Neural Control of Heart Rate Is an Arrhythmia Risk Modifier in Long QT Syndrome

Peter J. Schwartz*, Emilio Vanoli, Lia Crotti, Carla Spazzolini, Chiara Ferrandi, Althea Goosen, Paula Hedley, Marshall Heradien, Sara Bacchini, Annalisa Turco, Maria Teresa La Rovere, Antonella Bartoli, Alfred L. George, Paul A. Brink

*Corresponding author for this work

Research output: Contribution to journalArticlepeer-review

82 Scopus citations

Abstract

Objectives: The purpose of this study was to test the hypothesis that differences in autonomic responses might modify clinical severity in long QT syndrome type 1 (LQT1) patients, those with KCNQ1 mutations and reduced IKs, in whom the main arrhythmia trigger is sympathetic activation. Background: Some long QT syndrome (LQTS) patients experience life-threatening cardiac arrhythmias, whereas others remain asymptomatic throughout life. This clinical heterogeneity is currently unexplained. Methods: In a South African LQT1 founder population segregating KCNQ1-A341V, we correlated major cardiac events to resting heart rate (HR) and to baroreflex sensitivity (BRS) on and off beta-adrenergic blockers (BB). Results: In 56 mutation carriers (MCs), mean HR was lower among asymptomatic patients (p < 0.05). Among MCs with a QT interval corrected for heart rate ≤500 ms, those in the lower HR tertile were less likely to have suffered prior cardiac events (odds ratio [OR] 0.19, 95% confidence interval [CI] 0.04 to 0.79, p < 0.02). The BRS was lower among asymptomatic than symptomatic MCs (11.8 ± 3.5 ms/mm Hg vs. 20.1 ± 10.9 ms/mm Hg, p < 0.05). A BRS in the lower tertile was associated with a lower probability of being symptomatic (OR 0.13, 95% CI 0.02 to 0.96, p < 0.05). A similar trend was observed during BB. The MCs in the lower tertile for both HR and BRS were less frequently symptomatic than MCs with different patterns (20% vs. 76%, p < 0.05). Subjects with either ADRA2C-Del322-325 or homozygous for ADRB1-R389, 2 polymorphisms predicting enhanced adrenergic response, were more likely to have BRS values above the upper tertile (45% vs. 8%, p < 0.05). Conclusions: Lower resting HR and "relatively low" BRS are protective factors in KCNQ1-A341V carriers. A plausible underlying mechanism is that blunted autonomic responses prevent rapid HR changes, arrhythmogenic when IKs is reduced. These findings help understanding phenotypic heterogeneity in LQTS and identify a physiological risk modifier, which is probably genetically determined.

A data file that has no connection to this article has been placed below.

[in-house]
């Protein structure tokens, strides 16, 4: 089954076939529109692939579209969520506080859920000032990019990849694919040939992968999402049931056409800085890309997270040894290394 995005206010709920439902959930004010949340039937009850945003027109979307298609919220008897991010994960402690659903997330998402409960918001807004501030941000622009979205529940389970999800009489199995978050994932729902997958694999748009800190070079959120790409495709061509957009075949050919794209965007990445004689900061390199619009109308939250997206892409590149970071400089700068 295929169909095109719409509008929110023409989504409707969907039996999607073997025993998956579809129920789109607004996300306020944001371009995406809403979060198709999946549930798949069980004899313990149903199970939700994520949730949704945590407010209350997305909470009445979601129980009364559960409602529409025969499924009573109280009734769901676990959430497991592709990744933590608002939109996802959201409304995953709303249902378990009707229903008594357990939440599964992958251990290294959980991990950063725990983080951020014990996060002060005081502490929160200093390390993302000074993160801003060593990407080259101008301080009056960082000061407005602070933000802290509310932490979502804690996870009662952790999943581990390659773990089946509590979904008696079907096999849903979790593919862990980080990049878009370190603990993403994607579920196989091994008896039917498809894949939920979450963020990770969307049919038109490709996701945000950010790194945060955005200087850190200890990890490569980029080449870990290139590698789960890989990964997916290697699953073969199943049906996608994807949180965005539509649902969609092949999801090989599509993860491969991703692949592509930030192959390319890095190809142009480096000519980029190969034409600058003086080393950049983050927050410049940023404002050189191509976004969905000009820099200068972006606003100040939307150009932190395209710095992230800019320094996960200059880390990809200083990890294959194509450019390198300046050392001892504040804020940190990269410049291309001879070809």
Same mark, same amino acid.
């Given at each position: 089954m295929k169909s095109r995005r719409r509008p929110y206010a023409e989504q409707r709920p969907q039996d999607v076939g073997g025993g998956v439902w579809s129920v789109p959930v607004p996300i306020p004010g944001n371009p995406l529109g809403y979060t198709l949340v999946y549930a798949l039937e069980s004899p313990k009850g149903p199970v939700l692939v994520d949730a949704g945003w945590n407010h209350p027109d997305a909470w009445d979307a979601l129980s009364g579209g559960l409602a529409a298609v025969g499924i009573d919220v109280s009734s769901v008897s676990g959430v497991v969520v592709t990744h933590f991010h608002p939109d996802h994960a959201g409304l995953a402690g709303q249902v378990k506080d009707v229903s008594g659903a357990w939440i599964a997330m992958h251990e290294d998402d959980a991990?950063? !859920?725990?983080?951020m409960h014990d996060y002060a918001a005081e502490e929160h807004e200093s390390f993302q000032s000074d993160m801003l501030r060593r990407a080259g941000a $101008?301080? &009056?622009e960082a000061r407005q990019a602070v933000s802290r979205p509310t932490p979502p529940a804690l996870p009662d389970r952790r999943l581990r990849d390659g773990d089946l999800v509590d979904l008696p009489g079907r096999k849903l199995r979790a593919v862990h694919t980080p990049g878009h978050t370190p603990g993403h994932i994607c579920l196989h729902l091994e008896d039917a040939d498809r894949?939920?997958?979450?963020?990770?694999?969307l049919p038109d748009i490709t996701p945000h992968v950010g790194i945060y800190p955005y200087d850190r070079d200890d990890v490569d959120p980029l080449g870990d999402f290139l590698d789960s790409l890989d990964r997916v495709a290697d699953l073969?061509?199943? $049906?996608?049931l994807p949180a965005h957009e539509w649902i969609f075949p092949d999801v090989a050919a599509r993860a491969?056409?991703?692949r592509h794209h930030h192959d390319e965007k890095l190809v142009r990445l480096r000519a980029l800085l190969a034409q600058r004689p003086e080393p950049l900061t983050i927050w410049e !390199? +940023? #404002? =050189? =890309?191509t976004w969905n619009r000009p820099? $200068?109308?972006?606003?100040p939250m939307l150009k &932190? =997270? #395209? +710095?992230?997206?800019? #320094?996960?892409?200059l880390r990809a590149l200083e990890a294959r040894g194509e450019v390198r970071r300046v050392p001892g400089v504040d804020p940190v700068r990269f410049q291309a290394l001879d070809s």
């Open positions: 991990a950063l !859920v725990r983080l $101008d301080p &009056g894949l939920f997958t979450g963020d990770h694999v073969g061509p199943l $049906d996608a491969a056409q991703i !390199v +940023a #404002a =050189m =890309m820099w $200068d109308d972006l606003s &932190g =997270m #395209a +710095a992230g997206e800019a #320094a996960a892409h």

Original languageEnglish (US)
Pages (from-to)920-929
Number of pages10
JournalJournal of the American College of Cardiology
Volume51
Issue number9
DOIs
StatePublished - Mar 4 2008

ASJC Scopus subject areas

  • Cardiology and Cardiovascular Medicine

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